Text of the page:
Objectives This study sought to investigate for an underlying genetic etiology in cases of apparent idiopathic bundle branch re-entrant ventricular tachycardia (BBRVT). Background BBRVT is a life-threatening arrhythmia occurring secondary to macro–re-entry within the His-Purkinje system. Although classically associated with dilated cardiomyopathy, BBRVT may also occur in the setting of isolated, unexplained conduction system disease. Methods Cases of BBRVT with normal biventricular size and function were recruited from 6 North American centers. Enrollment required a clinically documented wide complex tachycardia and BBRVT proven during invasive electrophysiology study. Study participants were screened for mutations within genes associated with cardiac conduction system disease. Pathogenicity of identified mutations was evaluated using in silico phylogenetic and physicochemical analyses and in vitro biophysical studies. Results Among 6 cases of idiopathic BBRVT, each presented with hemodynamic compromise and 2 suffered cardiac arrests requiring resuscitation. Putative culprit mutations were identified in 3 of 6 cases, including 2 in SCN5A (Ala1905Gly [novel] and c.4719C>T [splice site mutation]) and 1 in LMNA (Leu327Val [novel]). Biophysical analysis of mutant Ala1905Gly Nav1.5 channels in tsA201 cells revealed significantly reduced peak current density and positive shifts in the voltage-dependence of activation, consistent with a loss-of-function. The SCN5A c.4719C>T splice site mutation has previously been reported as disease-causing in 3 cases of Brugada syndrome, whereas the novel LMNA Leu327Val mutation was associated with a classic laminopathy phenotype. Following catheter ablation, BBRVT was noninducible in all cases and none experienced a clinical recurrence during follow-up. Conclusions Our investigation into apparent idiopathic BBRVT has identified the first genetic culprits for this life-threatening arrhythmia, providing further insight into its underlying pathophysiology and emphasizing a potential role for genetic testing in this condition. Our findings also highlight BBRVT as a novel genetic etiology of unexplained sudden cardiac death that can be cured with catheter ablation.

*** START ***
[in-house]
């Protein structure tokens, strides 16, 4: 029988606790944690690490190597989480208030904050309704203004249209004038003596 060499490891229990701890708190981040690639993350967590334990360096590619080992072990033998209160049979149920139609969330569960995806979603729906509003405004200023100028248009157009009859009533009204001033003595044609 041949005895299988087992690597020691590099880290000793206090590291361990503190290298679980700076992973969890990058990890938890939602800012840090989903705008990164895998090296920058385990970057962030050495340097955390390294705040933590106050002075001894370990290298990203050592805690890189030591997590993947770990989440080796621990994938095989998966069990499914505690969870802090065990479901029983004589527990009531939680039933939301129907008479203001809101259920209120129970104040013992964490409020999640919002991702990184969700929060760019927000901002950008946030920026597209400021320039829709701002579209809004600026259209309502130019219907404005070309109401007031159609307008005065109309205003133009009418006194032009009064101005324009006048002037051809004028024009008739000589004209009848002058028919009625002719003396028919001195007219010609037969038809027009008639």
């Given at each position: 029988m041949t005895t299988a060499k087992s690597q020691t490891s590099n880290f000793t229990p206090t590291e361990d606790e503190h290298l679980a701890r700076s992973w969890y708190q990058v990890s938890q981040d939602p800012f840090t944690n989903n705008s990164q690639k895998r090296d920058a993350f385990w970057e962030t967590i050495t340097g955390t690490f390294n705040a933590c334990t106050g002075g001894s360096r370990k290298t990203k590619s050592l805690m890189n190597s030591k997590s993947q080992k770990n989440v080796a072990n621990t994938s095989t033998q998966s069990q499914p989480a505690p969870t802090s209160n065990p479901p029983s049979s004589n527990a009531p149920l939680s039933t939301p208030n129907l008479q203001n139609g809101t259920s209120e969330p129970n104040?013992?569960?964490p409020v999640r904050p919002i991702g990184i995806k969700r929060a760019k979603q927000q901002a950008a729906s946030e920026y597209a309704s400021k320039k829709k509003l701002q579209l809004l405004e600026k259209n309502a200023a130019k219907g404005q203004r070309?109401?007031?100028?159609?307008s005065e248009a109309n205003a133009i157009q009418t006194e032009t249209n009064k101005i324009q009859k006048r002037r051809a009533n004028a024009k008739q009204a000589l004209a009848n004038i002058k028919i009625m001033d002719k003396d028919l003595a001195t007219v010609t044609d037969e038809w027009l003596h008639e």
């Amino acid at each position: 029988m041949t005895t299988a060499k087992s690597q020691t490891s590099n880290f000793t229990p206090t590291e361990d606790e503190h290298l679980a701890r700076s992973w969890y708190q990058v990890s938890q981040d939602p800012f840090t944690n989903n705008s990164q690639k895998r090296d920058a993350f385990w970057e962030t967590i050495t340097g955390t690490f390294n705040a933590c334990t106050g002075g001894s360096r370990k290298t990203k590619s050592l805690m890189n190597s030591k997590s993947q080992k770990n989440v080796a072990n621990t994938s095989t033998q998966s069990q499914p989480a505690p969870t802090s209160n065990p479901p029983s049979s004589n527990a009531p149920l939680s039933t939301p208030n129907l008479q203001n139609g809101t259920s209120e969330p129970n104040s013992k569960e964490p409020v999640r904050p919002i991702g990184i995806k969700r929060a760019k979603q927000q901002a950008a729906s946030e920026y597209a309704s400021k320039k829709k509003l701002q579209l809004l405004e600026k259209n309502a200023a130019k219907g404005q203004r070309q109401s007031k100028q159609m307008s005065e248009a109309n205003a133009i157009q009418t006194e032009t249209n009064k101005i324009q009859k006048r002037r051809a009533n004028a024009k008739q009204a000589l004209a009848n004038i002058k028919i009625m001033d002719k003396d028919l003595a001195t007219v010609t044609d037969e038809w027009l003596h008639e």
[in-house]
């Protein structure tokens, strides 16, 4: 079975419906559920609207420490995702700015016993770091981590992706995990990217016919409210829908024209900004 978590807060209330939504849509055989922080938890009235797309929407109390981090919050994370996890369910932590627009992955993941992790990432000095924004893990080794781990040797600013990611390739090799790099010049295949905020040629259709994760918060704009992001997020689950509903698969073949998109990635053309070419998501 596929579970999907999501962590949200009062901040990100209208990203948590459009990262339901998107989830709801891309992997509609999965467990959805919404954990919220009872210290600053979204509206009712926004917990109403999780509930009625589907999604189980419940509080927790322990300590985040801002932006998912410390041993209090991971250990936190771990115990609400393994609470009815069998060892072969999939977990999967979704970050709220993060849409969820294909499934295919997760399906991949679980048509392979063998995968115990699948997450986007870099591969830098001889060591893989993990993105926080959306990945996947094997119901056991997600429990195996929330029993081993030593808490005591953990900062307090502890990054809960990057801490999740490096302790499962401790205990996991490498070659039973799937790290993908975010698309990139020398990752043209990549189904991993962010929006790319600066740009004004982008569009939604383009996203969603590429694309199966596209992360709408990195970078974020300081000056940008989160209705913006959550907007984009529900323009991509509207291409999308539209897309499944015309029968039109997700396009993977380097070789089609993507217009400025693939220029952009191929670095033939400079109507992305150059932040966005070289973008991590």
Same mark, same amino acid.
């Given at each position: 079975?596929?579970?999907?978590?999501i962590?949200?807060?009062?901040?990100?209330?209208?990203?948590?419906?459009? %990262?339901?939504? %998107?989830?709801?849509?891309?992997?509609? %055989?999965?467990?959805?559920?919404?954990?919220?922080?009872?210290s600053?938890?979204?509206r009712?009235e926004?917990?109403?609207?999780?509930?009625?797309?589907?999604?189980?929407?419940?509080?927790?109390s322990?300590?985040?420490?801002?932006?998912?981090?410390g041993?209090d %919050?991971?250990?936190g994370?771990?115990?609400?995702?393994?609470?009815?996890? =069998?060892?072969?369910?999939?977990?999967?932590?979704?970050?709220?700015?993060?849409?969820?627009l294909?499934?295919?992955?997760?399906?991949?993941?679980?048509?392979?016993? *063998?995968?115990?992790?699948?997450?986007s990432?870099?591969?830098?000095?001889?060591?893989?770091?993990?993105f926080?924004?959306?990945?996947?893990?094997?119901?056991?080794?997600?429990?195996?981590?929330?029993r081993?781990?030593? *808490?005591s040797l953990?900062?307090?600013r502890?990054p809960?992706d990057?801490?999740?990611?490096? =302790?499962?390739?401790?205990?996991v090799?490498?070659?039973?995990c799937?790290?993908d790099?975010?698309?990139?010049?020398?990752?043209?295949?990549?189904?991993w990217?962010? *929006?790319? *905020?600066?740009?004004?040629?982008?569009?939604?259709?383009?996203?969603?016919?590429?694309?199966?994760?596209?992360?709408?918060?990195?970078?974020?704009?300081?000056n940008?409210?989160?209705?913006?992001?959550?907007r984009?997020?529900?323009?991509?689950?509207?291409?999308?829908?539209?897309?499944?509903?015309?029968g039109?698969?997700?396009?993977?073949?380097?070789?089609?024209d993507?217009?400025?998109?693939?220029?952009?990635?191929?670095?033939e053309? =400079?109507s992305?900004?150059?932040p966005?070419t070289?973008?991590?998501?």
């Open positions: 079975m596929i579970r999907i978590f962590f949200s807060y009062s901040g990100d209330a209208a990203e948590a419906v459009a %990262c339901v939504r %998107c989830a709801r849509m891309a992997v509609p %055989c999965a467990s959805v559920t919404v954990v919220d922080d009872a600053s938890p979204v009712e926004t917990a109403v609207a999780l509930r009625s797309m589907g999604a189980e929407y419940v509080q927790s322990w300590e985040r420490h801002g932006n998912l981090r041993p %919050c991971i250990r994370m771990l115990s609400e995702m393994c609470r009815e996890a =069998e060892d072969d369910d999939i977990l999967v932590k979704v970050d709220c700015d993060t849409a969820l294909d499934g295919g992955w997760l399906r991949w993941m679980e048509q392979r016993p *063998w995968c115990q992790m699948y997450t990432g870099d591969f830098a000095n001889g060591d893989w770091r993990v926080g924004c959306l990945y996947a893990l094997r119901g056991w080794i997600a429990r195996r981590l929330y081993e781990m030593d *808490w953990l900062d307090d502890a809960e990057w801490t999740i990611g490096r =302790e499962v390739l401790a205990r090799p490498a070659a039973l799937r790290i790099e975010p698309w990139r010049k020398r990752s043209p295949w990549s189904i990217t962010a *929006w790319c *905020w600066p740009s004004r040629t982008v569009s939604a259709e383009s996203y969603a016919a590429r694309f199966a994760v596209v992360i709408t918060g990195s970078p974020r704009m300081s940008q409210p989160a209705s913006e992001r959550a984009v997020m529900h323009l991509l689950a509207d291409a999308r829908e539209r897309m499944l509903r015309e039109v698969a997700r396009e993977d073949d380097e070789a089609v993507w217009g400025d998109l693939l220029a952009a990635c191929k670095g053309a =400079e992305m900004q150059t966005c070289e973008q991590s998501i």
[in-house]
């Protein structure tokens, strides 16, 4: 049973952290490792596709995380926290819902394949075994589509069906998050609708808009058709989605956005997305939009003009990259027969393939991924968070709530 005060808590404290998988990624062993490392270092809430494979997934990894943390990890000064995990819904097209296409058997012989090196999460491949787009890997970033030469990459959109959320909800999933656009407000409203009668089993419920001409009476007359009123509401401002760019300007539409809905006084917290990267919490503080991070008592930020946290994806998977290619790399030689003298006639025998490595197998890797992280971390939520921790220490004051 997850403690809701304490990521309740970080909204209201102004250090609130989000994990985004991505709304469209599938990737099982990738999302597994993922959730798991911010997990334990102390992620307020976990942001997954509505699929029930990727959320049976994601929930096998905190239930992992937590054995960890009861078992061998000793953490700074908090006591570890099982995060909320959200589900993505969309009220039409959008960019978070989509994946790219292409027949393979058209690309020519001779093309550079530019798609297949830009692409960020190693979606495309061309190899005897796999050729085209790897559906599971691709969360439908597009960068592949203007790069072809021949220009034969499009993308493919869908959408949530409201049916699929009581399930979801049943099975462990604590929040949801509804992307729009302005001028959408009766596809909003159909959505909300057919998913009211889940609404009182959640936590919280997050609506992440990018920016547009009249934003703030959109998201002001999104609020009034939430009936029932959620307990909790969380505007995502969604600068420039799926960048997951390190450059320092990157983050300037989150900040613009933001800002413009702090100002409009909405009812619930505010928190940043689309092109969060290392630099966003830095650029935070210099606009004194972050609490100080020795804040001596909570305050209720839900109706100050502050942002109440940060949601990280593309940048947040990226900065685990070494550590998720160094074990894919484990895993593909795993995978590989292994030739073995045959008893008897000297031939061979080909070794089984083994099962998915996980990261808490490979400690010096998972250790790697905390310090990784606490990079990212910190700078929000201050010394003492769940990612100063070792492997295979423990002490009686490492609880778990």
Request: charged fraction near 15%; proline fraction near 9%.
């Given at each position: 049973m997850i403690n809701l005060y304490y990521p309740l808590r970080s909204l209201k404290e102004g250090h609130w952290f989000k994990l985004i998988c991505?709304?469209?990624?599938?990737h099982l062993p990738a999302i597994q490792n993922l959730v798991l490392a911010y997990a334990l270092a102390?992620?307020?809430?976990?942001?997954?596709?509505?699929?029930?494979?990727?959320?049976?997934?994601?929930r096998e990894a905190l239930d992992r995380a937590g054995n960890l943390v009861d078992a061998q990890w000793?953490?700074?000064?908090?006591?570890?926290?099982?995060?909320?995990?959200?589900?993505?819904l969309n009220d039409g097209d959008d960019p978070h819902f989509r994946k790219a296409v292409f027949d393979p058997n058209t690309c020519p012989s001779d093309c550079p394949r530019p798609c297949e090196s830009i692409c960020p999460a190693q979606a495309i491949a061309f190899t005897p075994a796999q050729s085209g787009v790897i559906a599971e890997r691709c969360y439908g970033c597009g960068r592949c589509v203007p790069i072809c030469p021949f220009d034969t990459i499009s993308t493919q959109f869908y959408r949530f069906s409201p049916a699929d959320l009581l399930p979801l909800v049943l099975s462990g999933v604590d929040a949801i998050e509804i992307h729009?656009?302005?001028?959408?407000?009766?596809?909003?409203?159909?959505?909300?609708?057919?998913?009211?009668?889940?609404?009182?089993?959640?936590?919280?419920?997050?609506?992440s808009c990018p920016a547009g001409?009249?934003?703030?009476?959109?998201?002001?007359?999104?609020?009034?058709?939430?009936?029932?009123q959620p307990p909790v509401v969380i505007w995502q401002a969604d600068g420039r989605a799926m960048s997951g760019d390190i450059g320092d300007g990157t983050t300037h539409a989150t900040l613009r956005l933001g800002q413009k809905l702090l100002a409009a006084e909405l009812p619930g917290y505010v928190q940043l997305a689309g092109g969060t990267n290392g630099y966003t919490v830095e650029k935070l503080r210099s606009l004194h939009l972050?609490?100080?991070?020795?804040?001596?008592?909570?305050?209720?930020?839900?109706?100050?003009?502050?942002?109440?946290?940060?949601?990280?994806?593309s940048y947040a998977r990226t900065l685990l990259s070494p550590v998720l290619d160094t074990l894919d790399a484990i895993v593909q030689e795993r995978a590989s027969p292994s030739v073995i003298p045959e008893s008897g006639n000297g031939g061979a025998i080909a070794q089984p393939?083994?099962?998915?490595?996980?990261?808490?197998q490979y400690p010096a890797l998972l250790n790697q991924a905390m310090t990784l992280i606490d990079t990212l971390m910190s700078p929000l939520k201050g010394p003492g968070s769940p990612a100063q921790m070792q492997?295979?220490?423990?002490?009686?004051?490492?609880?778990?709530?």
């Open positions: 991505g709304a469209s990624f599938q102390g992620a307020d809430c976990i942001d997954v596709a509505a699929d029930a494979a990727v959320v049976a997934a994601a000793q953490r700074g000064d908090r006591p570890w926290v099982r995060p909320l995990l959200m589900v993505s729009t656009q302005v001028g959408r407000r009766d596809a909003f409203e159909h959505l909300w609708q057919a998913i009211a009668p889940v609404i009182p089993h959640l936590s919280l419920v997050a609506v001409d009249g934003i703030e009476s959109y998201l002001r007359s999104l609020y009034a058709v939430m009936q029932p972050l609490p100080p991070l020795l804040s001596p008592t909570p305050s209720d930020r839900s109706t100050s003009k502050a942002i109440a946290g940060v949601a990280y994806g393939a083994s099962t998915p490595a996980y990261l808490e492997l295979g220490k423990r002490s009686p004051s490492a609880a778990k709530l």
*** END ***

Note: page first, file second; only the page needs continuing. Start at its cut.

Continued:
Bibliographical notePublisher Copyright:
© 2017 American College of Cardiology Foundation
- conduction system disease
- sudden cardiac death
- ventricular tachycardia